Published on in Vol 24 , No 5 (2022) :May

Preprints (earlier versions) of this paper are available at https://preprints.jmir.org/preprint/37356, first published .
Comparison of the ACASI Mode to Other Survey Modes in Sexual Behavior Surveys in Asia and Sub-Saharan Africa: Systematic Literature Review

Comparison of the ACASI Mode to Other Survey Modes in Sexual Behavior Surveys in Asia and Sub-Saharan Africa: Systematic Literature Review

Comparison of the ACASI Mode to Other Survey Modes in Sexual Behavior Surveys in Asia and Sub-Saharan Africa: Systematic Literature Review

Review

Corresponding Author:

Nang Nge Nge Phoo, MBBS, MPH

School of Population Health

Curtin University

Kent Street

Bentley WA

Perth, 6102

Australia

Phone: 61 0414954410

Email: nangngenge.phoo@curtin.edu.au


Background: Reliable data about sexual behaviors is fundamental in the prevention and control of HIV, hepatitis, and other sexually transmitted infections. Generally, sexual behaviors are regarded as a sociocultural taboo in Africa and Asia, and this results in biased sexual behavior survey data due to social desirability. Various modes of survey delivery, including audio computer-assisted self-interviews (ACASIs), have been investigated to improve data quality.

Objective: This study aimed to review studies that compared the ACASI mode to other survey modes in sexual behavior surveys in Asia and sub-Saharan Africa to ascertain the impact of survey mode on responses to sexual behavior questions.

Methods: A systematic literature review was conducted according to the Joanna Briggs Institute Manual for Evidence Synthesis. The review protocol was registered at PROSPERO (International Prospective Register of Systematic Reviews). Six databases were searched.

Results: A total of 21 papers were included. The face-to-face interview (FTFI) mode was the survey mode most frequently compared to the ACASI mode. Among the most commonly reported outcome variable groups, ACASI participants were more likely to report sexual behaviors, such as “forced sex,” “multiple partners,” “transactional sex,” and “ever had sex,” as compared to FTFI participants. In addition to the survey mode effect, other factors were found to have had an impact on data quality, for example, participant characteristics, social norms, study design, and data collection setting.

Conclusions: Use of ACASIs for administering sexual behavior surveys among populations in Asia and sub-Saharan Africa demonstrated higher reports for some sexual behaviors than the use of FTFIs. More studies that compare the ACASI mode to other survey modes would improve our understanding of the usefulness of ACASIs in sexual behavior surveys in these regions.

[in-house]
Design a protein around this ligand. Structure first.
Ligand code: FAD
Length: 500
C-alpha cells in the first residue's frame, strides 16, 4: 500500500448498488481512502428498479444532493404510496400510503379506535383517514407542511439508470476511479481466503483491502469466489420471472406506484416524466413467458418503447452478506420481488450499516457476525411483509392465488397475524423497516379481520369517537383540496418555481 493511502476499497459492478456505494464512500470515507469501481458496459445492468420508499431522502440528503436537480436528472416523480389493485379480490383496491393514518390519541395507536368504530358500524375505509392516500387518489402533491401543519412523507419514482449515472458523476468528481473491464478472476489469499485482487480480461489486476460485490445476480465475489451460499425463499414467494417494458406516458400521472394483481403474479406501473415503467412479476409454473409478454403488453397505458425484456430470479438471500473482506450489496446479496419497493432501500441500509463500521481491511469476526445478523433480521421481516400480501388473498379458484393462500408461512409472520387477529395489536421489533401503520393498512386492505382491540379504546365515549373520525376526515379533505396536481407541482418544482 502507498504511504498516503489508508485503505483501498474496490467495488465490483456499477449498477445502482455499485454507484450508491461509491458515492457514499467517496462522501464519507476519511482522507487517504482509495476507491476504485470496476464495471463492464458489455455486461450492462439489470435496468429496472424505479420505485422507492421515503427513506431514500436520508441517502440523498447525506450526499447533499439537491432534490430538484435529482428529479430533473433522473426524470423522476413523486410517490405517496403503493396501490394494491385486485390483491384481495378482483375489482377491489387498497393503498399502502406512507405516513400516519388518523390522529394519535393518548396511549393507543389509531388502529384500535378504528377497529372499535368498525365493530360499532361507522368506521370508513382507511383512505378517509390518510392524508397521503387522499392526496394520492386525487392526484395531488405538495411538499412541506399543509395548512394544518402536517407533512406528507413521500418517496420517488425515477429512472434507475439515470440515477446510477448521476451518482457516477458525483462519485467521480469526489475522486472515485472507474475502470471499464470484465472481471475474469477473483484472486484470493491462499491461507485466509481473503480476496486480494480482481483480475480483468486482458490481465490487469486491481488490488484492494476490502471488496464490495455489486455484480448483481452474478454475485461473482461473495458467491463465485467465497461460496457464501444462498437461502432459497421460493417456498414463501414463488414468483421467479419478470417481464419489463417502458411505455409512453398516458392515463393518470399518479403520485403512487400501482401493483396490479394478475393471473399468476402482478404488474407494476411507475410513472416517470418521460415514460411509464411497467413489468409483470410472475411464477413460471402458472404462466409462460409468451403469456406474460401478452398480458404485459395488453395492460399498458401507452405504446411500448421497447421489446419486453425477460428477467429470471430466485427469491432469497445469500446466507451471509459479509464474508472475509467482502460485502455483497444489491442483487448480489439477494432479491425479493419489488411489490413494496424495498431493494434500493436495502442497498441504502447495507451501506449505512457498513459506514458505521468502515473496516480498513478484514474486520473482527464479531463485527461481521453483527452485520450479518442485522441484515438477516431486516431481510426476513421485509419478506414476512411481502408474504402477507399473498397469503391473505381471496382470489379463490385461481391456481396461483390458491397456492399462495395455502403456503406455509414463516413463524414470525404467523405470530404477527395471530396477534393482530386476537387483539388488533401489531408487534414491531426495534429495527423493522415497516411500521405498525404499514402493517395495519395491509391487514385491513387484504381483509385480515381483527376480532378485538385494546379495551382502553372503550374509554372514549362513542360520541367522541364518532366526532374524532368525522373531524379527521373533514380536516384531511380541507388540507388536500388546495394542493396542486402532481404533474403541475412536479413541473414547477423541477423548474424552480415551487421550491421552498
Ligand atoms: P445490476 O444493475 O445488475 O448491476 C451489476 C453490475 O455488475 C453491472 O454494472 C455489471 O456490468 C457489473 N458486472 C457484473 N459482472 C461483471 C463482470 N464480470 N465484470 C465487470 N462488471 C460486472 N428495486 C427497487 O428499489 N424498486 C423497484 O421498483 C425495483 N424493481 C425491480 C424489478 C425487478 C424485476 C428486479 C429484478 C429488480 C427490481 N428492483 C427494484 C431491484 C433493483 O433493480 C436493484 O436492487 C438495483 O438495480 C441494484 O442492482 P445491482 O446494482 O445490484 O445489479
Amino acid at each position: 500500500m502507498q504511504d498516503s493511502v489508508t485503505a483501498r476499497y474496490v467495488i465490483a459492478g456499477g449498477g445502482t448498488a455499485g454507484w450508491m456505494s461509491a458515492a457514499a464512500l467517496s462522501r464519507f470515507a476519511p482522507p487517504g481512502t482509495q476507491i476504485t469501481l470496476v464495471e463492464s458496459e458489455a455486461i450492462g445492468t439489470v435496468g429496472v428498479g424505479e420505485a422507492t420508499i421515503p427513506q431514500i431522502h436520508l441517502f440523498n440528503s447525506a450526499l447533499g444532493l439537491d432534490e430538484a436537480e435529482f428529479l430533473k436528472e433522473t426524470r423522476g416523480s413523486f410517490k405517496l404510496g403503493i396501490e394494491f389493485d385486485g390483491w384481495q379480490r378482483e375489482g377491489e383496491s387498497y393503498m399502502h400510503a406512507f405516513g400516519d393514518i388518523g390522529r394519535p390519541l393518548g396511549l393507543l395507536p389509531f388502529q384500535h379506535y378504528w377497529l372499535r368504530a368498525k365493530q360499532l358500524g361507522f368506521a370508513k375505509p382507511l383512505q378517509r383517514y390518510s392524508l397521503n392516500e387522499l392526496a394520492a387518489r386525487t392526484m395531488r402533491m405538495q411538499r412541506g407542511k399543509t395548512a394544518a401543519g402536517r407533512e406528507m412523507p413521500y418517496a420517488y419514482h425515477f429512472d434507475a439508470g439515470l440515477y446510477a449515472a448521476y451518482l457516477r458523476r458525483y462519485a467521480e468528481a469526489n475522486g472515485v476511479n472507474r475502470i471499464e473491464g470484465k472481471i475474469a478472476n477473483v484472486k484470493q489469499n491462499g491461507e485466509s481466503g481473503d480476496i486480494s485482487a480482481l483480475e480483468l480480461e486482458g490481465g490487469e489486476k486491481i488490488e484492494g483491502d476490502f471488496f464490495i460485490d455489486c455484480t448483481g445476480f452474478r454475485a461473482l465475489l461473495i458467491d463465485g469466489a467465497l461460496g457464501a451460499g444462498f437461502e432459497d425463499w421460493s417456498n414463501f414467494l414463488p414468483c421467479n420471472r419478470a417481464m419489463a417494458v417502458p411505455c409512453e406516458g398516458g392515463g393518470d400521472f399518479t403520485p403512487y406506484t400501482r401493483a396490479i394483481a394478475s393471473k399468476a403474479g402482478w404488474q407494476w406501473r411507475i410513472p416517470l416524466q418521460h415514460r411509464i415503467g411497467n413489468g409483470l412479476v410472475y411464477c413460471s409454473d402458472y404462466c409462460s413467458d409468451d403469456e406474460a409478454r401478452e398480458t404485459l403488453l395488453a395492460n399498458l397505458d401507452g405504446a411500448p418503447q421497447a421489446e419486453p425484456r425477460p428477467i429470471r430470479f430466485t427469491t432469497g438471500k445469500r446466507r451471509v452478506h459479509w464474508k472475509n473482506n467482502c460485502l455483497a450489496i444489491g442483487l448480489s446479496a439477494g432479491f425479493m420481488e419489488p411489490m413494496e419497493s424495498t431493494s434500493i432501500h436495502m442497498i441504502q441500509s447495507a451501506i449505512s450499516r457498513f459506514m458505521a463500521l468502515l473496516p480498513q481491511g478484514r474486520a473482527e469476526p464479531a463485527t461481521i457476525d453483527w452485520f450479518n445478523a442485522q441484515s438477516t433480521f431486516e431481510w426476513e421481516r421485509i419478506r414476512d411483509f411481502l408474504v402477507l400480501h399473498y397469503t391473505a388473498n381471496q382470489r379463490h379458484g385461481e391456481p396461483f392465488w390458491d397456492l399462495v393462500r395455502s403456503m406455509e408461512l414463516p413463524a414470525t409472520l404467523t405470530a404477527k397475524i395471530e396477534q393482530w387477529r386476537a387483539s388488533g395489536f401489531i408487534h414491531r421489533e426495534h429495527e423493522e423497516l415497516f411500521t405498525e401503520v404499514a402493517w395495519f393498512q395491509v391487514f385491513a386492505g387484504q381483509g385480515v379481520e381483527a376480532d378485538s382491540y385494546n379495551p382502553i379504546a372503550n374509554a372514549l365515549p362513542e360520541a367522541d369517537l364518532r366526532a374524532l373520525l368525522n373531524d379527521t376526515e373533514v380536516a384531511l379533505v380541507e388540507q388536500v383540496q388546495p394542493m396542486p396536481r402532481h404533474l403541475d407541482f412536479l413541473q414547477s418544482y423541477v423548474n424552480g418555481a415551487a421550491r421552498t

J Med Internet Res 2022;24(5):e37356

doi:10.2196/37356

Keywords



While the annual number of new HIV cases decreased globally over the last decade from 2.1 million in 2010 to 1.5 million in 2020, there remained disparities across regions [1]. The HIV infection rate per 1000 uninfected population members was highest in the World Health Organization (WHO) African Region in 2020 (ie, 0.82 in Africa compared to 0.18 and lower in other regions) [1]. Similarly, in 2020, HIV-related deaths were higher in the WHO African Region (n=460,000) and in Southeast Asia (n=82,000) compared to other regions (n≤45,000) [1]. Furthermore, the prevalence rates of hepatitis B infection and other sexually transmitted infections (STIs) were highest in the WHO African Region compared to all other regions [2-4].

Reliable data about sexual behaviors is fundamental in the prevention and control of HIV, hepatitis, and other STIs. Such data can help predict the transmission of STIs and inform strategies to prevent their transmission [5,6]. Development of intervention strategies requires exploration of the presence or frequency of each behavior and the risk and protective factors associated with each behavior [5,6]. Despite frequent research around sexual behaviors in Africa, this information was scarce for Asia [7].

Information on sexual behaviors is largely collected through self-reported knowledge, attitude, and practice surveys, for example, sexual behavior surveys in Thailand, Kenya, the United States, European countries, and Middle Eastern countries [8-11]. However, it is well recognized that the quality of self-reported data can be undermined in research about socially stigmatized behaviors [12-15]. Generally, “sexual behaviors” as a topic is a sensitive one and is regarded as taboo in Africa and Asia [16-19]. Consequently, attempts have been made to understand whether certain aspects of survey design can improve the quality of self-reported sexual behavior data. Previous research noted that the factors that impact on responses in sexual behavior surveys include the surveyed population, social context, respondent variables, an individual’s choice, study design, data collection tools, and survey modes [20-22]. For instance, regarding survey modes, the involvement of interviewers can lead to a lack of privacy and increased social desirability bias, whereas self-administered surveys require minimum levels of literacy [12,15].